Friday, April 13, 2007

Offensive Language vs. Censorship

(from Moon-Yun)

Because of the Imus incident, are we all going to have to edit and have "approved" whatwe're going to have to say to an audience? It wasn't very nice what he said about the women's basketball team but the same company that fired Imus are profiting, I'm sure, from rap songs that sing about raping and killing women. It's OK for "cool black dudes" to belt out hate but God forbid it's the geeky ones out there. I personally don't like rap. It's not my kind of music. Black men need to get over whatever it is that makes them think it's so "cool" and "liberating" to call each other "N!"

5 comments:

Pat said...

You might want to watch the video clip of Imus on YouTube.

My guess is that this incident is one of a long string of offenses; that is, Imus's remarks are part of a long-standing pattern of behavior. If we hold him accountable for what he says and does, I don't think we are being unfair.

Regarding your point that we don't hold rappers accountable for their lyrics: as I recall, some rappers have indeed been criticized; they have not, as a class, been exempted from public criticism.

Inconsistency in application of accountability does not undermine the validity of the principle. We are all accountable for our behavior; if we do something wrong in the privacy of our home, it is still wrong—whether or not it becomes public. And, I might add, whether or not we think it is wrong.

If I say something in class that is offensive, it is right to hold me accountable for my remark. It is also right to give me a chance to defend myself and, if I apologize, to consider forgiving me.

Pat said...

I just read Mike Lopresti's column in the sports section of the April 10 Advertiser. He is the sports columnist for USA Today.

His thinking seems to be in line with Moon-Yun's, and his piece is worth reading. If you don't have the Advertiser, you can find it online at usatoday.com.

jenny d said...

Moon-Yun might also want to think about the rash generalizations she herself made about "Black men" and rap music. There are a lot of different types of hip-hop artists out there, many of whom talk about how they respect and adore women. I think it's inconsiderate to speak about African American men as if they all use the "n-word." It might put you in the same category as Imus, whose comments where both racist and sexist.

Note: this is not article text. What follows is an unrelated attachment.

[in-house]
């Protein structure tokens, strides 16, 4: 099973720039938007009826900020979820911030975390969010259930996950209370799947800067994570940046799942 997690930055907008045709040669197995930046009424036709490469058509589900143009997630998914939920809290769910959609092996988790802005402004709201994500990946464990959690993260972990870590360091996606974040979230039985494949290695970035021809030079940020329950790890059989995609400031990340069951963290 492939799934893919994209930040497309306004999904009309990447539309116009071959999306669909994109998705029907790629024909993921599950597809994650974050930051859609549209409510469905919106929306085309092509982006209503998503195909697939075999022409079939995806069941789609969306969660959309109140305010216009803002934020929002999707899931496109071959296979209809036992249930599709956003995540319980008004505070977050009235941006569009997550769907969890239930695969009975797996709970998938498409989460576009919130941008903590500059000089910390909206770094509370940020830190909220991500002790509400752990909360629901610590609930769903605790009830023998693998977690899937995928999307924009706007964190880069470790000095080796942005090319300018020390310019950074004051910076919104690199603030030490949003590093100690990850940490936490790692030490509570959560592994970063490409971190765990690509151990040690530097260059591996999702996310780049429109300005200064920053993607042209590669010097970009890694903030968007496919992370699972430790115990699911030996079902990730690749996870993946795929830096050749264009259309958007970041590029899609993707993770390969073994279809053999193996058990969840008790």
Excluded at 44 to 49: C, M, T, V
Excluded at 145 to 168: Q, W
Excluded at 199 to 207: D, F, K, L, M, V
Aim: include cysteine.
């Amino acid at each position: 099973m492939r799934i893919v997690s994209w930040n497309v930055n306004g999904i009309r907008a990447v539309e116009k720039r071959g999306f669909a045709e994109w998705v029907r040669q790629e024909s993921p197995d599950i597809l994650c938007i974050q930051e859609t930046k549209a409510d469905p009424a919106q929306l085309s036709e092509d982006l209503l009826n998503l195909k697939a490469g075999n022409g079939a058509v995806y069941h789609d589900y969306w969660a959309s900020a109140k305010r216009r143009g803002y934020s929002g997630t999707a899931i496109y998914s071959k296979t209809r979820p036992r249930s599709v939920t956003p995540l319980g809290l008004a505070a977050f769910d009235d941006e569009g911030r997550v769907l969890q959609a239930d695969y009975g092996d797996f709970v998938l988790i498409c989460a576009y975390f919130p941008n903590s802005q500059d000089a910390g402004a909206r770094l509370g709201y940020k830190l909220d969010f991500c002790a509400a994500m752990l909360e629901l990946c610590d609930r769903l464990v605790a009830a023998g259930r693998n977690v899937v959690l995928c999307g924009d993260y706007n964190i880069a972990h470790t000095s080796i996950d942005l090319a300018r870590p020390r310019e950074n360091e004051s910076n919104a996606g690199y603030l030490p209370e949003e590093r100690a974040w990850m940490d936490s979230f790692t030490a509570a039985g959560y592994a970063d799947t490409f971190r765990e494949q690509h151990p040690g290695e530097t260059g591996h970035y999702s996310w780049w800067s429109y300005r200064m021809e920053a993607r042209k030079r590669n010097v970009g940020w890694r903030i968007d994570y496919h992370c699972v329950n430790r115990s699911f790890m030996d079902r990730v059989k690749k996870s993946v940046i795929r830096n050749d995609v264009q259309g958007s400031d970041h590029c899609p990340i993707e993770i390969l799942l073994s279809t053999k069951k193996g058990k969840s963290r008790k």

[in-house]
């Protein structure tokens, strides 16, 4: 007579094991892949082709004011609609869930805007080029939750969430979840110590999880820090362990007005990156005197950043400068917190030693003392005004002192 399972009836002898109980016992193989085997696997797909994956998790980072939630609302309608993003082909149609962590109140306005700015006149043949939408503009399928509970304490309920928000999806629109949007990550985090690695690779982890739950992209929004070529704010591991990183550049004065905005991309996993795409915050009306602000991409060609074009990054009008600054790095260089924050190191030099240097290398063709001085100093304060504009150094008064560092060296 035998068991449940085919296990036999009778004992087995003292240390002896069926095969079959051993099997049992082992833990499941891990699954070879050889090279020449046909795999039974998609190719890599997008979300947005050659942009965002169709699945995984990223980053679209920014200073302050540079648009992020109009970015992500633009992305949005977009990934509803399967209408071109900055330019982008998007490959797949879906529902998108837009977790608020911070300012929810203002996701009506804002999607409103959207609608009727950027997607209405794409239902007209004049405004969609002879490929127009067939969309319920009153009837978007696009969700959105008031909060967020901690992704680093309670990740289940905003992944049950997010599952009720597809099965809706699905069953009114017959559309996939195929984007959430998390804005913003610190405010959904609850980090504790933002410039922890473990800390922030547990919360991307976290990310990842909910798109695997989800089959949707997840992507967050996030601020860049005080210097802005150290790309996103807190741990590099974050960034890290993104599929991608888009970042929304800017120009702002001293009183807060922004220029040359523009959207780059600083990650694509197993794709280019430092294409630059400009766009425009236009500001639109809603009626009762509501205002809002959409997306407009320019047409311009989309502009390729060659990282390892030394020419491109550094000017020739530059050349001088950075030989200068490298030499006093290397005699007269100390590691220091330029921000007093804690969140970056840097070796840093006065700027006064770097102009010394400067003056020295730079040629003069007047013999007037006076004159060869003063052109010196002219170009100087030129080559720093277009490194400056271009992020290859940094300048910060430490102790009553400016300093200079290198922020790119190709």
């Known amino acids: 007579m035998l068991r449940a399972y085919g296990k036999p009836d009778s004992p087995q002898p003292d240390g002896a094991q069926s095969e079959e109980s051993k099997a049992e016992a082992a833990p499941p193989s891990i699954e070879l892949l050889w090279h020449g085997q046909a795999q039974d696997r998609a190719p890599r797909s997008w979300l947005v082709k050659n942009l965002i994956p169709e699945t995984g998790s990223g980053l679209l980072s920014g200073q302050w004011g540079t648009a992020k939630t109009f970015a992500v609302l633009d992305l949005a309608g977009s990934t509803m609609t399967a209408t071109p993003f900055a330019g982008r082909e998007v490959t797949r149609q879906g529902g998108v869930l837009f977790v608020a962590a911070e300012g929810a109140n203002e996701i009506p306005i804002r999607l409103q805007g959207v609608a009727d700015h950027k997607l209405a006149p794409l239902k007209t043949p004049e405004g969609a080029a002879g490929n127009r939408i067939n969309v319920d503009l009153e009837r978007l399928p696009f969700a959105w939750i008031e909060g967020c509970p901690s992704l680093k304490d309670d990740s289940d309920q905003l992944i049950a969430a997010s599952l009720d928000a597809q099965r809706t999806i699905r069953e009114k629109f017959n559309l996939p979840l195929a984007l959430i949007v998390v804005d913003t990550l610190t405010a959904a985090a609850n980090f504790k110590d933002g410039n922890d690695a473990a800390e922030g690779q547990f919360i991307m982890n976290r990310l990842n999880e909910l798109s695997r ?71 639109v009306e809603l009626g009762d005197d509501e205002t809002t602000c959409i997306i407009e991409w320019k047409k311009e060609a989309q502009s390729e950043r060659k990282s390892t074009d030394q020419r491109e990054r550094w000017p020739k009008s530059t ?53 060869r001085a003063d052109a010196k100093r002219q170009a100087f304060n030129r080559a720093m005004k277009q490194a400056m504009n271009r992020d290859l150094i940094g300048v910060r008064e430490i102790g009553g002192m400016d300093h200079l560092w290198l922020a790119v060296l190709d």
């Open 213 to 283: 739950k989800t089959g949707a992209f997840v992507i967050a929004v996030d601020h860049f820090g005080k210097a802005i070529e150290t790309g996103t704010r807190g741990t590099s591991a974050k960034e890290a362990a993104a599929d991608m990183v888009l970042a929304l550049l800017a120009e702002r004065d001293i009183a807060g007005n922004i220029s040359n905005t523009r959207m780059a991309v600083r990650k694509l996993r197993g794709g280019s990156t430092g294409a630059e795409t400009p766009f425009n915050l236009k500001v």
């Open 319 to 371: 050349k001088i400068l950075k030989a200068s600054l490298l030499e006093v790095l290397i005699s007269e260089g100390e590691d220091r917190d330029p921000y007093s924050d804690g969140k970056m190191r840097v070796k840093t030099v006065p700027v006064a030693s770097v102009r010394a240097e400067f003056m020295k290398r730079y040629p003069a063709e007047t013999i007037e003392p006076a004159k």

Ryan said...

The key term is audience. Not all audiences are the same, and the effect of words a particular audience at a particular point in time, from a particular speaker (kairos) will determine the interpretation of the message and the attendant social consequences. Chaim Perelman, an important theorist of rhetoric and public discourse speaks about the need for a speaker to establish a "presence" within an audience; but, this speaker must also pay attention to what the audience is giving him. Imus fostered bad presence. As a radio host who provides social commentary, Imus committed a sin of ethos and was justifiably punished. Remember, his sponsors pulled out en mass--which means he was costing CBS radio money.
I agree with Jenny: you cannot generalize audiences, speakers, or discourses. Each category offers its own obligations and enforces unique social interplays. There is a difference between Snoop Dog using defamatory language and Don Imus or the president. Their roles as public figures differ dramatically. It's a lot like comparing John Stewart and Stephen Colbert with anchors on CNN. The Daily Show doesn't have to be accurate or truthful because their goal is to create comedy.

Pat said...

Thank you for your comments, Jenny and Ryan. And thank you for opening the discussion, Moon-Yun.

I hope others in the class will feel free to comment or to post links to related pieces, as Jenny did.